August 23 ,2002
Steel makers, companies object to latest exclusions
By Paul M. Krawzak
Copley News Service
WASHINGTON — The Bush administration announced a final set of steel imports that will escape tariffs this year, triggering a volley
of protests from steel companies and steelworkers.
The administration approved 178 more exclusions, including various types of flat rolled sheet, bar, wire and pipe. That brings the
total of excluded steel products to 727.
The excluded steel is exempt from “safeguard” tariffs on imports that President Bush imposed in March. The purpose of the duties of
up to 30 percent is to give struggling U.S. steel makers a chance to recover from foreign competition. The tariffs will decline each
year until they expire in 2005.
Since they took effect five months ago, the duties have contributed to dramatic increases in the price of some types of steel. The
cost of sheet steel, for example, has risen 50 percent or more since March.
In a joint statement from the Department of Commerce and U.S. Trade Representative, officials said they determined the products
excluded “are not sufficiently available from U.S. producers and that excluding these products would not undermine the
effectiveness of the safeguard on steel products.”
The exclusions are meant to insure that American manufacturers can get steel from foreign producers when similar steel products
are unavailable from domestic makers.
The exclusions also have played a role so far in dissuading the European Union from retaliating against the United States for the
tariffs. Europeans say the duties violate international trade laws. The Bush administration insists the tariffs are legal.
U.S. steel makers countered they are making many of the products that were excluded. The United Steelworkers union also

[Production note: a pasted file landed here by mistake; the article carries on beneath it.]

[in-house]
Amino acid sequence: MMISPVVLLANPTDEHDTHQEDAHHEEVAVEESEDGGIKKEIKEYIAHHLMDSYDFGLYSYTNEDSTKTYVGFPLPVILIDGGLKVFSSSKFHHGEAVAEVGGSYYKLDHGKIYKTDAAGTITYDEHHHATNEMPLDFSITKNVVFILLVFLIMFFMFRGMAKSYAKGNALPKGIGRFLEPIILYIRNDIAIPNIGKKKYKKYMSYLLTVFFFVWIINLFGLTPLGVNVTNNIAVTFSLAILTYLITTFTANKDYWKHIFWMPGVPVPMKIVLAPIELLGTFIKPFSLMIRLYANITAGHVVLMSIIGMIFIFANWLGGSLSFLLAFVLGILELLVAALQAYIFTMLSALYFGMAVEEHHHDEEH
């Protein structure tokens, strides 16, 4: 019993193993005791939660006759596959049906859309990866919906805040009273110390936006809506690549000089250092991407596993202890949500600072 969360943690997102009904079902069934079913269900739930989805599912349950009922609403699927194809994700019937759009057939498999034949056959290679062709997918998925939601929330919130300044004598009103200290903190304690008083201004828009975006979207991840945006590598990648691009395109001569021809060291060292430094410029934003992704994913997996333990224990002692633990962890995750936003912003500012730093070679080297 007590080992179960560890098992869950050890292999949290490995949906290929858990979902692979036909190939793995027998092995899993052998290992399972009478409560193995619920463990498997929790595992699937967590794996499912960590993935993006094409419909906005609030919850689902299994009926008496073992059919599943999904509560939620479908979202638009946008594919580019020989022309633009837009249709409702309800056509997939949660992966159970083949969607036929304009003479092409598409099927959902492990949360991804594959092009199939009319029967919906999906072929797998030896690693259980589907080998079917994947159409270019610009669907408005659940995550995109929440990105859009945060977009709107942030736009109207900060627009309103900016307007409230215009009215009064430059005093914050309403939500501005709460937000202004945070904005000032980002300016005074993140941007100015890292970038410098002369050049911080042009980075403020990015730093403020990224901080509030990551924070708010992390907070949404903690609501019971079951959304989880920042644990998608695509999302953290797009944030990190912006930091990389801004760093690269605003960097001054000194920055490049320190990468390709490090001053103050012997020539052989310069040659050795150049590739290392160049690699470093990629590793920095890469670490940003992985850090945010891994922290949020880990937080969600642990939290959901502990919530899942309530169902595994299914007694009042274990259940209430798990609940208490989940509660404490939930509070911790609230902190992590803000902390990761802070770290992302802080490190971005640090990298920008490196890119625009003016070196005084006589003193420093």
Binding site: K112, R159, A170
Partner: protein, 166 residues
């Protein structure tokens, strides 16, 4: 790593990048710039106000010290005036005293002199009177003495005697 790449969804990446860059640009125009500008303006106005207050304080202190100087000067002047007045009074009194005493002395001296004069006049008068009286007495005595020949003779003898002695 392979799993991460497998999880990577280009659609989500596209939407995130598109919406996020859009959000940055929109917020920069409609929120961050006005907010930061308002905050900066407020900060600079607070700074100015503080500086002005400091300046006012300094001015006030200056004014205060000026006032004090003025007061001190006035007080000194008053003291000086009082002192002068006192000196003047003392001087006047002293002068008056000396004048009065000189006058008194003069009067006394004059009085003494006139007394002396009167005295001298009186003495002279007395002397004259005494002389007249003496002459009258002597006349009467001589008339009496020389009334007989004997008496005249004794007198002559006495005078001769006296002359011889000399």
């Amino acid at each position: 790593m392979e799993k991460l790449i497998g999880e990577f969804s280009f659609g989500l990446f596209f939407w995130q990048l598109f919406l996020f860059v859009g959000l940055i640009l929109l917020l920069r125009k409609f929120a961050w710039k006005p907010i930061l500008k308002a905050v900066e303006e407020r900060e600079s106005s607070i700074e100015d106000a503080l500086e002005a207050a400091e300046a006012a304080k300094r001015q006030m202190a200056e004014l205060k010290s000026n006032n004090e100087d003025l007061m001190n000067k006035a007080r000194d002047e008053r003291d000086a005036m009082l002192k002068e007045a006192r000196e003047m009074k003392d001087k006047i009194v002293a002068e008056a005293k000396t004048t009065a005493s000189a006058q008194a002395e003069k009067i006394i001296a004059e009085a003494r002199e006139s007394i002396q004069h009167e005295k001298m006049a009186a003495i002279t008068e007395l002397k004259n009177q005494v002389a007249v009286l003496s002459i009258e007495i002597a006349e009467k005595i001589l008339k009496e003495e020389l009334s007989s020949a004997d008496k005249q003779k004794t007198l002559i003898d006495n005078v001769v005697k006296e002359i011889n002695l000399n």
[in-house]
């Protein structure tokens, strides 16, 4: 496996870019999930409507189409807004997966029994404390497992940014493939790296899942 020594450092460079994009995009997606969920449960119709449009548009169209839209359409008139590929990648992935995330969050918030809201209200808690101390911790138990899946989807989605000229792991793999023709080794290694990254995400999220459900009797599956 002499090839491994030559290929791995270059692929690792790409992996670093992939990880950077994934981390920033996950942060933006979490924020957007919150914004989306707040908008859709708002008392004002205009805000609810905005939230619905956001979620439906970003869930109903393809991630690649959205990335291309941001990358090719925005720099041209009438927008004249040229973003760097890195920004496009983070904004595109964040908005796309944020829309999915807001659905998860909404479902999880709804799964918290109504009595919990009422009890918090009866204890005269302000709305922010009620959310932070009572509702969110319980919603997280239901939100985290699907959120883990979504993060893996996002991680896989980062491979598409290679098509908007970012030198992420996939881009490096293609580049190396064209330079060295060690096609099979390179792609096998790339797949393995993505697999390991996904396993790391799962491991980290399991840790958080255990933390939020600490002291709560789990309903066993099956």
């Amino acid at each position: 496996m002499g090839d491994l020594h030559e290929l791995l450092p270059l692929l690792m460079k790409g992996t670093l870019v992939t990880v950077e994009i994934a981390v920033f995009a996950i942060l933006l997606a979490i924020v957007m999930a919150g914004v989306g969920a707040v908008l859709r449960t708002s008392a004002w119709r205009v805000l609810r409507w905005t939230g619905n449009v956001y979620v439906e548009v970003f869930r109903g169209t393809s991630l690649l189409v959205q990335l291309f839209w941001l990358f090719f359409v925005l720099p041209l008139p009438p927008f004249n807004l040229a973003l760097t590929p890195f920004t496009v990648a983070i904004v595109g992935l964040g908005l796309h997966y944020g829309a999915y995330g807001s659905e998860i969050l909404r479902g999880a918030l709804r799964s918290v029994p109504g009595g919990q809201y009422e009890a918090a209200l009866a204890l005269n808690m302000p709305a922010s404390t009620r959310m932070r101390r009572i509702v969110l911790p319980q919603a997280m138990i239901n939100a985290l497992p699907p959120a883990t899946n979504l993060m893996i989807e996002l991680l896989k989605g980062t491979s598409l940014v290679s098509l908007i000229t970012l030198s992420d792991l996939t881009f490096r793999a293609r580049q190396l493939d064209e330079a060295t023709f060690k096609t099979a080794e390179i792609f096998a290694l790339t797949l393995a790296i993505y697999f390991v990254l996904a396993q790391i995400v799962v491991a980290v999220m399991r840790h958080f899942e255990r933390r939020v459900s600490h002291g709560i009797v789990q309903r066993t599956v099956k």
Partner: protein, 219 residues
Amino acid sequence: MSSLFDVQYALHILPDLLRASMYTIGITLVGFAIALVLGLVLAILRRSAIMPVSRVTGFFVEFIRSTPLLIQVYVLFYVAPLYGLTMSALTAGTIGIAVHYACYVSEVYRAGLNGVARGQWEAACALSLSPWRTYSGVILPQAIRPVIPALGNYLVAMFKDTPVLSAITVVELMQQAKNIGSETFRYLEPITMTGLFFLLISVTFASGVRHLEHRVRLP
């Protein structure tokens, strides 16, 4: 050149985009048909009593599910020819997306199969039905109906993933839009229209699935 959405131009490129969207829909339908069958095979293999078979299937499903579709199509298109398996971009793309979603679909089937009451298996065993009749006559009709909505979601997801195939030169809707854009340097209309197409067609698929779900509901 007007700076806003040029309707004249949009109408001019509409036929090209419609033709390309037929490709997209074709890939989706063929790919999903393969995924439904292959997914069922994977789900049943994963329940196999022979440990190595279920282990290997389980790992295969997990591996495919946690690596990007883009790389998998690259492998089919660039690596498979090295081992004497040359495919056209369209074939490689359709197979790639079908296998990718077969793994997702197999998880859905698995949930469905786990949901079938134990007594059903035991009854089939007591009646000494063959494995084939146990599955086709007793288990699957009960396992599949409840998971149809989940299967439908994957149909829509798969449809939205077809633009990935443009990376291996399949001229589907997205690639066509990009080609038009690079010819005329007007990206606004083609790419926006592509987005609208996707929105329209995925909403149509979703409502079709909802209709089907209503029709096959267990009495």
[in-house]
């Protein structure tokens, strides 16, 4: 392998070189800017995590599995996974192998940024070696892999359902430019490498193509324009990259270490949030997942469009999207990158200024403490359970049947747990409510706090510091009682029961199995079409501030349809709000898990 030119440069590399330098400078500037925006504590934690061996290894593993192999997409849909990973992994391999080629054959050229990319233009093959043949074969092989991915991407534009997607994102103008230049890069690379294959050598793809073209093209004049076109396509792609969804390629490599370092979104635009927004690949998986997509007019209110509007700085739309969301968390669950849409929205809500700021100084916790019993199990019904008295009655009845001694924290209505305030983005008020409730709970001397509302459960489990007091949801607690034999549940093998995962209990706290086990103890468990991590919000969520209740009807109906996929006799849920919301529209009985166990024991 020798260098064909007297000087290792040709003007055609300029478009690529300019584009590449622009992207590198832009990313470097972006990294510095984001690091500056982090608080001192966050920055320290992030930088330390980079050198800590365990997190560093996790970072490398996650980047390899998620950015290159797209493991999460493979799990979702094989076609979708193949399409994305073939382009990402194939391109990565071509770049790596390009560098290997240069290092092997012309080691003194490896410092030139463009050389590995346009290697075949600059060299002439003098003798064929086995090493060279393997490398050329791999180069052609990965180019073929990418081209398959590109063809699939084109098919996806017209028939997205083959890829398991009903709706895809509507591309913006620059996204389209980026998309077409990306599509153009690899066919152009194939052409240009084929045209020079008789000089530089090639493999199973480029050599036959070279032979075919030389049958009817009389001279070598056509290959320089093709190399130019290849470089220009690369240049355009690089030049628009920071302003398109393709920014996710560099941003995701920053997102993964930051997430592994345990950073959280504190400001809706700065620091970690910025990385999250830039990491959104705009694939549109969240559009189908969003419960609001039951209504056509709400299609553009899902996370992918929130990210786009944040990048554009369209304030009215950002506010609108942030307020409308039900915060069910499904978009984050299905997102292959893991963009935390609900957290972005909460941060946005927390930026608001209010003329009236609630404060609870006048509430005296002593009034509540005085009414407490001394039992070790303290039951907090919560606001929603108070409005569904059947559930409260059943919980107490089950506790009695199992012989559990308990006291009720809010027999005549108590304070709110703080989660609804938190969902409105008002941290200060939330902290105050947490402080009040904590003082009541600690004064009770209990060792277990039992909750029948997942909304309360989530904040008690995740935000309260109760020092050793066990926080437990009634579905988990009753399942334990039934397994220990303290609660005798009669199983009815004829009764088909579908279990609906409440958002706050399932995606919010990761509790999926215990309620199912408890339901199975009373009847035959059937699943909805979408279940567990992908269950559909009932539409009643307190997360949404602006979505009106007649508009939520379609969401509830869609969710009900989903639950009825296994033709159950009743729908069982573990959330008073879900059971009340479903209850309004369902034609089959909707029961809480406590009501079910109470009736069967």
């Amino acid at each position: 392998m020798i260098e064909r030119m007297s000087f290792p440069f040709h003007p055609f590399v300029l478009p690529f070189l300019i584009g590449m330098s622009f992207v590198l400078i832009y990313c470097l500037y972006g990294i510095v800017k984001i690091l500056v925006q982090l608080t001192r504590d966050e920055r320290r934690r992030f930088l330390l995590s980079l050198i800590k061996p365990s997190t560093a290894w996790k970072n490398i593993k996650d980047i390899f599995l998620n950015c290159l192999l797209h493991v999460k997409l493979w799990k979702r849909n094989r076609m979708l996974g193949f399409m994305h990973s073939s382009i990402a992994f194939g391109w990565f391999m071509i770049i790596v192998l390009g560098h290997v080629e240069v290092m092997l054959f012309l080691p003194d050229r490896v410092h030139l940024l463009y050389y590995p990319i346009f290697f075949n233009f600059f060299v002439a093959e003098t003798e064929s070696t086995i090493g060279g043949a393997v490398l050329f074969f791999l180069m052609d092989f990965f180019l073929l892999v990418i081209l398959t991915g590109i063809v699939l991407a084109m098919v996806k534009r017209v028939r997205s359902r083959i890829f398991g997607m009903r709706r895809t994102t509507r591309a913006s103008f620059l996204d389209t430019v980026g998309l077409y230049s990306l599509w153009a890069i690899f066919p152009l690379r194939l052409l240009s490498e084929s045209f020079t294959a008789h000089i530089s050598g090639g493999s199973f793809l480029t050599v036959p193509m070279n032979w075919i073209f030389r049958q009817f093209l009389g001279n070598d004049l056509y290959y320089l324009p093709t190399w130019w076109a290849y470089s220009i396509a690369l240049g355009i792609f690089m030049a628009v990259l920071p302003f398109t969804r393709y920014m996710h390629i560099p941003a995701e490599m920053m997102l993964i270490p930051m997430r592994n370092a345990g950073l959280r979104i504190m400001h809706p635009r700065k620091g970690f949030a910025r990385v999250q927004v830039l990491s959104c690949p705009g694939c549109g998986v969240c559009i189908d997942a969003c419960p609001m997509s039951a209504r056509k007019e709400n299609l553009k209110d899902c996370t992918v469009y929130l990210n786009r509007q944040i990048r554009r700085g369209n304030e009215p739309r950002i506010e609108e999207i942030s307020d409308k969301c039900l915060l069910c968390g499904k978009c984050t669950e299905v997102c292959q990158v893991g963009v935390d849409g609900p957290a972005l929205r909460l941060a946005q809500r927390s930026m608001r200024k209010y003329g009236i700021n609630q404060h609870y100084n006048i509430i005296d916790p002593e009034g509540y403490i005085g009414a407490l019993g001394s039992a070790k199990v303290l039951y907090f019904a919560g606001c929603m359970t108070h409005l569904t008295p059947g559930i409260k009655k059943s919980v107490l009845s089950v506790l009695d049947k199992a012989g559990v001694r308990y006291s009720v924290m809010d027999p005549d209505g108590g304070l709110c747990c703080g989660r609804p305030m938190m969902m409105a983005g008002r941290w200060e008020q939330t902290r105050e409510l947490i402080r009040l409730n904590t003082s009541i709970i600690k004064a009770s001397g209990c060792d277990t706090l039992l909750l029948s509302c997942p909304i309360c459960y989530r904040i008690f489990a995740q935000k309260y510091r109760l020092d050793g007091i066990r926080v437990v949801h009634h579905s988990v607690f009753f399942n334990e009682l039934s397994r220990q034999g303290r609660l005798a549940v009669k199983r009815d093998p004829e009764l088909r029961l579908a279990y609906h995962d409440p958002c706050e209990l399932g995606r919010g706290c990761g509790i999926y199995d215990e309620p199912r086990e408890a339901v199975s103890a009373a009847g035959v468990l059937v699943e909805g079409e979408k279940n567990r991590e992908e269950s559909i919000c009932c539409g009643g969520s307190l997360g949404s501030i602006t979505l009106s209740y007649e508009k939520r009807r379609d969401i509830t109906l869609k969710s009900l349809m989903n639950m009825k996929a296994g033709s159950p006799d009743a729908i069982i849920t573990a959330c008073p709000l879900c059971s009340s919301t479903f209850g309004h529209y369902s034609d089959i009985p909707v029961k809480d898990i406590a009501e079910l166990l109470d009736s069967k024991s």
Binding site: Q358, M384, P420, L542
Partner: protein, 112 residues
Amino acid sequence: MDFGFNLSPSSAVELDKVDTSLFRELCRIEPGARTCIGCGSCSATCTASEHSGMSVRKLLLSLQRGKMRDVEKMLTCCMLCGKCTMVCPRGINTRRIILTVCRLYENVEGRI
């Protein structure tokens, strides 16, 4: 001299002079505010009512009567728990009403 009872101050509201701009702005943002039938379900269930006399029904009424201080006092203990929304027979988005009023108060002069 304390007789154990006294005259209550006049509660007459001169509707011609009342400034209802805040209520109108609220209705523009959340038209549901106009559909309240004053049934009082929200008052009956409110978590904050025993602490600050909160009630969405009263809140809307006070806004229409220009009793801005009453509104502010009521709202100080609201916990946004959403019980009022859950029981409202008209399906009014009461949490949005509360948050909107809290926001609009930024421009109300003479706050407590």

Of the 178 exclusions announced Thursday, domestic steel makers had objected to 104 them, industry representatives said.
“We are disappointed by the number of exclusions announced today,” said Thomas J. Usher, chief executive officer of U.S. Steel
Corp. “Unfortunately, a number of the exclusions granted today are for products that we produce every day.”
One example is an exclusion requested by German automaker DaimlerChrysler, which allows the tariff-free import of
corrosion-resistant sheet steel used in auto bodies.
“That is made by any number of domestic producers,” including U.S. Steel, Bethlehem and National steel companies, said Kevin
Dempsey, an attorney representing all three companies.
The exclusion allows the import of 80,000 metric tons of that type of steel each year, he said.
During a background briefing, U.S. trade officials said the exclusions apply only to steel unavailable from U.S. steel makers.
“We are confident these are products that are not available,” said an official who spoke on condition he not be identified.
According to an attorney for U.S. steel makers, the government granted some exclusions after hearing arguments that certain
products were not available in sufficient quantities from U.S. producers.
“There were allegations based on insufficient material that we saw that were filed by the other side that there was not as much steel
available on the market as they wanted,” said Alan Wolff, an attorney for the steel industry. “We think those surveys (of steel
availability) were off base.”
Even with the exclusions, the Bush tariffs still apply to almost 10 million metric tons of steel imports, or three-fourths of the imports
that would have been subject to the tariffs without any exclusions.
The government will not approve any more exclusions this year. However, officials will begin considering new requests for
exclusions as early as November. However, further exclusions would not be approved until next March at the earliest.
The Timken Co., a Canton, Ohio-based maker of specialty steel and high performance bearings, does not appear to be hurt by the
“We are still studying it, but after a quick review, we don’t see anything major there relative to our business at this early point,” said Jason Saragian, a spokesman for the company.